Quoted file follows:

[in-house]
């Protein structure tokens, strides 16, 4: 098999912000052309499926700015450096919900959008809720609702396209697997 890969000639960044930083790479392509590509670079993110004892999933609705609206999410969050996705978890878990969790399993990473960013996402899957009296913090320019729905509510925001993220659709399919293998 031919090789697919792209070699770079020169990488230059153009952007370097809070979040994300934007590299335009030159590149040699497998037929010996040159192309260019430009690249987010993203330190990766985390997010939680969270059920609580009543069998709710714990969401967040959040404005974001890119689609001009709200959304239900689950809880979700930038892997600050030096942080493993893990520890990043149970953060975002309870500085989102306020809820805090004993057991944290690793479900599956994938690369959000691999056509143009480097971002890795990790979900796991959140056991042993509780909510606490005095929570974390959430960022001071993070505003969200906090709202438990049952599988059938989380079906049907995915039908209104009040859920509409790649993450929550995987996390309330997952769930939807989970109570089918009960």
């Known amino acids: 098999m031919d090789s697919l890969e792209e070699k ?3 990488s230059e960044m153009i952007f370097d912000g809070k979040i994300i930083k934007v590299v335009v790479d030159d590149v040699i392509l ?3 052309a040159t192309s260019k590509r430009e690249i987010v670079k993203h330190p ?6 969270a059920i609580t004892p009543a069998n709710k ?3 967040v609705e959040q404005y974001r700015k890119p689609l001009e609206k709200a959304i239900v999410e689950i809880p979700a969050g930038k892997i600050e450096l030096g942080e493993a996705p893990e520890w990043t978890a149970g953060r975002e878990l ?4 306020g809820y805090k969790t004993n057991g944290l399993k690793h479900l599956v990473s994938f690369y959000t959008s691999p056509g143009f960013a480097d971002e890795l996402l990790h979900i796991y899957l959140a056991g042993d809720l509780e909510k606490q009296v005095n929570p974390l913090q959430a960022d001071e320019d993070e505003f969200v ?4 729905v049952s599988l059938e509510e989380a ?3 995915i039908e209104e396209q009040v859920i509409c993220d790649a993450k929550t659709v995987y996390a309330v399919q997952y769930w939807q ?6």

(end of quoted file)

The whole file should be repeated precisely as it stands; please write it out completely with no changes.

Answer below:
[in-house]
């Protein structure tokens, strides 16, 4: 098999912000052309499926700015450096919900959008809720609702396209697997 890969000639960044930083790479392509590509670079993110004892999933609705609206999410969050996705978890878990969790399993990473960013996402899957009296913090320019729905509510925001993220659709399919293998 031919090789697919792209070699770079020169990488230059153009952007370097809070979040994300934007590299335009030159590149040699497998037929010996040159192309260019430009690249987010993203330190990766985390997010939680969270059920609580009543069998709710714990969401967040959040404005974001890119689609001009709200959304239900689950809880979700930038892997600050030096942080493993893990520890990043149970953060975002309870500085989102306020809820805090004993057991944290690793479900599956994938690369959000691999056509143009480097971002890795990790979900796991959140056991042993509780909510606490005095929570974390959430960022001071993070505003969200906090709202438990049952599988059938989380079906049907995915039908209104009040859920509409790649993450929550995987996390309330997952769930939807989970109570089918009960």
């Known amino acids: 098999m031919d090789s697919l890969e792209e070699k ?3 990488s230059e960044m153009i952007f370097d912000g809070k979040i994300i930083k934007v590299v335009v790479d030159d590149v040699i392509l ?3 052309a040159t192309s260019k590509r430009e690249i987010v670079k993203h330190p ?6 969270a059920i609580t004892p009543a069998n709710k ?3 967040v609705e959040q404005y974001r700015k890119p689609l001009e609206k709200a959304i239900v999410e689950i809880p979700a969050g930038k892997i600050e450096l030096g942080e493993a996705p893990e520890w990043t978890a149970g953060r975002e878990l ?4 306020g809820y805090k969790t004993n057991g944290l399993k690793h479900l599956v990473s994938f690369y959000t959008s691999p056509g143009f960013a480097d971002e890795l996402l990790h979900i796991y899957l959140a056991g042993d809720l509780e909510k606490q009296v005095n929570p974390l913090q959430a960022d001071e320019d993070e505003f969200v ?4 729905v049952s599988l059938e509510e989380a ?3 995915i039908e209104e396209q009040v859920i509409c993220d790649a993450k929550t659709v995987y996390a309330v399919q997952y769930w939807q ?6």